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The dollars and sense of bank consolidation

  • Hughes, Joseph P.
  • Lang, William W.
  • Mester, Loretta J.
  • Moon, Choon-Geol

For nearly two decades banks in the United States have consolidated in record numbers—in terms of both frequency and the size of the merging institutions. Rhoades (1996) hypothesizes that the main motivations were increased potential for geographic expansion created by changes in state laws regulating branching and a more favorable antitrust climate. To look for evidence of economic incentives to exploit these improved opportunities for consolidation, we examine how consolidation affects expected profit, the riskiness of profit, profit efficiency, market value, market-value efficiencies, and the risk of insolvency. Our estimates of expected profit, profit risk, and profit efficiency are based on a structural model of leveraged portfolio production that was estimated for a sample of highest-level U.S. bank holding companies in Hughes, Lang, Mester, and Moon (1996). Here, we also estimate two additional measures that gauge efficiency in terms of the market values of assets and of equity. Our findings suggest that the economic benefits of consolidation are strongest for those banks engaged in interstate expansion and, in particular, interstate expansion that diversifies banks' macroeconomic risk. Not only do these banks experience clear gains in their financial performance, but society also benefits from the enhanced bank safety that follows from this type of consolidation.

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Article provided by Elsevier in its journal Journal of Banking & Finance.

Volume (Year): 23 (1999)
Issue (Month): 2-4 (February)
Pages: 291-324

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Handle: RePEc:eee:jbfina:v:23:y:1999:i:2-4:p:291-324
Contact details of provider: Web page: http://www.elsevier.com/locate/jbf

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  2. White, Halbert, 1980. "A Heteroskedasticity-Consistent Covariance Matrix Estimator and a Direct Test for Heteroskedasticity," Econometrica, Econometric Society, vol. 48(4), pages 817-38, May.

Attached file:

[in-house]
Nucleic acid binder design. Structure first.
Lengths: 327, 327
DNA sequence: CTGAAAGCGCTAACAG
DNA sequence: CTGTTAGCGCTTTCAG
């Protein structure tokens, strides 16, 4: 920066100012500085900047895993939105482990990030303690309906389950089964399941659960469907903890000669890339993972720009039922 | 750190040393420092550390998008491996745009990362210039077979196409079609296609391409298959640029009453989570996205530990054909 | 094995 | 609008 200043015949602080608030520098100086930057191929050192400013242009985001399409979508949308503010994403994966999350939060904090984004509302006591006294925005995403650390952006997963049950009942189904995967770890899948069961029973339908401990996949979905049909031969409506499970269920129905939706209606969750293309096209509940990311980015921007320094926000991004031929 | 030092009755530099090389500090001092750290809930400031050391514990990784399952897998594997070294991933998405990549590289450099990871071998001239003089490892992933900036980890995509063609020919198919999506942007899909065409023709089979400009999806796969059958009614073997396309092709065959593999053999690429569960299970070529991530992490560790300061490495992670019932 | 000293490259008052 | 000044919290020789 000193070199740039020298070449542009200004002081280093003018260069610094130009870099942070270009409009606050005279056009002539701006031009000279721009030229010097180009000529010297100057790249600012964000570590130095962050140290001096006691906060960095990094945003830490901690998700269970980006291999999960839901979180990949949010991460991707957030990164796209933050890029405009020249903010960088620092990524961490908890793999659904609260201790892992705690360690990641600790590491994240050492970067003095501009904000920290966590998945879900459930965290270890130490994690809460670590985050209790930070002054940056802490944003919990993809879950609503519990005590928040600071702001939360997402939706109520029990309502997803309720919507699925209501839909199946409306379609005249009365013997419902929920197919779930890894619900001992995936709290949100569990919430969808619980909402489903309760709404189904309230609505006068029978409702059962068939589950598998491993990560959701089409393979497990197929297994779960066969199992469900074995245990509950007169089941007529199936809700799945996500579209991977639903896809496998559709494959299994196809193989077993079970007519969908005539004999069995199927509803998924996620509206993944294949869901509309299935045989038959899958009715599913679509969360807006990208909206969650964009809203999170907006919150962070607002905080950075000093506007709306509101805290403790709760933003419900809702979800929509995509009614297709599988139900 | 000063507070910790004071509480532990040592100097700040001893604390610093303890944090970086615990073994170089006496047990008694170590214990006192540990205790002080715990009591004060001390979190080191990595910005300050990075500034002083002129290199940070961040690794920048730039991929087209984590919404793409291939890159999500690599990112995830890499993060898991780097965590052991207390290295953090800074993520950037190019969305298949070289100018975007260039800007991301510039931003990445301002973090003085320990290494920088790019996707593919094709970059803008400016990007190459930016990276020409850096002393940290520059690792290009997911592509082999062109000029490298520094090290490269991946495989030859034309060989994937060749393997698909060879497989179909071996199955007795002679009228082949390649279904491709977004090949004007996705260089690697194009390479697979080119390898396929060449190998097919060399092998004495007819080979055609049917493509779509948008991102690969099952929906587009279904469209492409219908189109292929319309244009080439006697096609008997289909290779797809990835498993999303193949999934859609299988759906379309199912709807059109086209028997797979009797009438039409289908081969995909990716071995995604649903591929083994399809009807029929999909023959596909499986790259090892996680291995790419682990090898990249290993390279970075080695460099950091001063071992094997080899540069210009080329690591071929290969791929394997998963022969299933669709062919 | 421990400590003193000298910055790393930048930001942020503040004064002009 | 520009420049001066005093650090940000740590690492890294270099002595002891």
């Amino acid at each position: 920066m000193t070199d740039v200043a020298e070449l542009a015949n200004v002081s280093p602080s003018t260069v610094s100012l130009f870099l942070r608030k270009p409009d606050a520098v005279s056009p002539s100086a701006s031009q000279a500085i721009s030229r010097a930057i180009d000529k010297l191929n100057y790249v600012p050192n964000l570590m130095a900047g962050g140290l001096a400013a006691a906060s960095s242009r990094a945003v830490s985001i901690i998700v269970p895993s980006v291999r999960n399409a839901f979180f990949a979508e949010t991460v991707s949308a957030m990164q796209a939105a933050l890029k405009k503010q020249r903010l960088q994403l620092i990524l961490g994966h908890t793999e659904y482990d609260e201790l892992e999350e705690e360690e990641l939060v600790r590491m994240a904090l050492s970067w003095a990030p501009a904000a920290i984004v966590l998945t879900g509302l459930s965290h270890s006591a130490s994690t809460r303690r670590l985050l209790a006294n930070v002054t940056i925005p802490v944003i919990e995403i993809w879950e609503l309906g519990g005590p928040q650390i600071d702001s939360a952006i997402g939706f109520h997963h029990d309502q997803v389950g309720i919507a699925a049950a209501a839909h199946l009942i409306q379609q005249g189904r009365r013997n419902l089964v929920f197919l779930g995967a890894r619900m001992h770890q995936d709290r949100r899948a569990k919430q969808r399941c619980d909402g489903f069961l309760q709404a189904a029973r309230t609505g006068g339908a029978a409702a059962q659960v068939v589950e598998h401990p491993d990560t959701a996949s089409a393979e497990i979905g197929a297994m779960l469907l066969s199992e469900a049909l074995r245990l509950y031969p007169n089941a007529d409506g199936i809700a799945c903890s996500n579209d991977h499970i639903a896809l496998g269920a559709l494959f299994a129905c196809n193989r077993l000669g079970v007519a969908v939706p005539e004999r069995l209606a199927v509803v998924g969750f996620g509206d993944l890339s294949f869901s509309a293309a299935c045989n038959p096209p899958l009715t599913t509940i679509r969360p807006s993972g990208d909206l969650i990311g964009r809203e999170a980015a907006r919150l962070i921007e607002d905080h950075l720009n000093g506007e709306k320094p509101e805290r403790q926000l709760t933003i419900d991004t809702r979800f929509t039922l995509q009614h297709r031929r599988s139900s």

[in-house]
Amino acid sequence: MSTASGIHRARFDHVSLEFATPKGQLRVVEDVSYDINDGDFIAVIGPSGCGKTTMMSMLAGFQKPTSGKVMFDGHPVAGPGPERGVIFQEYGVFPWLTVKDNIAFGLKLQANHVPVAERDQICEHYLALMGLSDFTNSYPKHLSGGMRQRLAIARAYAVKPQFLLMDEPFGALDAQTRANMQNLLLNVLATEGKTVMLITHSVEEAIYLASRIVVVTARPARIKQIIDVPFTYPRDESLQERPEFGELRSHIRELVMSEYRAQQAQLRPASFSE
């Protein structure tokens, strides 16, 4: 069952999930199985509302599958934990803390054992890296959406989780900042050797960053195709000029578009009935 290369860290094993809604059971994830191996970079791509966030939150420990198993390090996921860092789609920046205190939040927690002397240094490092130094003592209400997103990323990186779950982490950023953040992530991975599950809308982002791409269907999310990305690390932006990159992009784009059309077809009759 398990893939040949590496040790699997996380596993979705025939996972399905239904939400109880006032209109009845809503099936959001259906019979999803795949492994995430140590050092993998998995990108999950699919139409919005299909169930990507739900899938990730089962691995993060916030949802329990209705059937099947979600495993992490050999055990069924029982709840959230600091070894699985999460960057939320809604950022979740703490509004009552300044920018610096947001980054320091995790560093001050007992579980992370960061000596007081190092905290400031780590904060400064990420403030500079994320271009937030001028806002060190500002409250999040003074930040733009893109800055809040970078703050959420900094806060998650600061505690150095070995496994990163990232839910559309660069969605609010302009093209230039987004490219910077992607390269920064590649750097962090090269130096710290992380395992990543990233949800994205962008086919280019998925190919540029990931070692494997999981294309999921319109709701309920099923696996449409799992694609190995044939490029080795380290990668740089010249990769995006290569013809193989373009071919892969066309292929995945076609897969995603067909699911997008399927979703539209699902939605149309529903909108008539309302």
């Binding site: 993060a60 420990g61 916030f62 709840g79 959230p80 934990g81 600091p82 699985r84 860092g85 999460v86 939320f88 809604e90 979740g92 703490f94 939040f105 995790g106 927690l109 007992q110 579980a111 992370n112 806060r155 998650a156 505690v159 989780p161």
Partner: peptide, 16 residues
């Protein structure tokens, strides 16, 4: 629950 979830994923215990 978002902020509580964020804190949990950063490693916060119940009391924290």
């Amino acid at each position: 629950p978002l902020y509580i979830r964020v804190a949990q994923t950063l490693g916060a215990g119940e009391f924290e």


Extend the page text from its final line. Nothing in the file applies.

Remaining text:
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  7. Joseph P. Hughes & William W. Lang & Choon-Geol Moon & Michael S. Pagano, 1999. "Measuring the efficiency of capital allocation in commercial banking," Proceedings 626, Federal Reserve Bank of Chicago.
  8. Joseph P. Hughes & William W. Lang & Loretta J. Mester, 1995. "Recovering technologies that account for generalized managerial preferences: an application to non-risk neutral banks," Working Papers 95-8, Federal Reserve Bank of Philadelphia.
  9. Jalal D. Akhavein & Allen N. Berger & David B. Humphrey, 1996. "The Effects of Megamergers on Efficiency and Prices: Evidence from a Bank Profit Function," Center for Financial Institutions Working Papers 96-03, Wharton School Center for Financial Institutions, University of Pennsylvania.
  10. Benston, George J & Hunter, William C & Wall, Larry D, 1995. "Motivations for Bank Mergers and Acquisitions: Enhancing the Deposit Insurance Put Option versus Earnings Diversification," Journal of Money, Credit and Banking, Blackwell Publishing, vol. 27(3), pages 777-88, August.
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  14. Chong, Beng Soon, 1991. "The Effects of Interstate Banking on Commercial Banks' Risk and Profitability," The Review of Economics and Statistics, MIT Press, vol. 73(1), pages 78-84, February.
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  16. Joseph P. Hughes, 1998. "Measuring efficiency when market prices are subject to adverse selection," Working Papers 98-3, Federal Reserve Bank of Philadelphia.
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  20. Choon-Goel Moon & Joseph P. Hughes, 1997. "Measuring Bank Efficiency When Managers Trade Return for Reduced Risk," Departmental Working Papers 199520, Rutgers University, Department of Economics.
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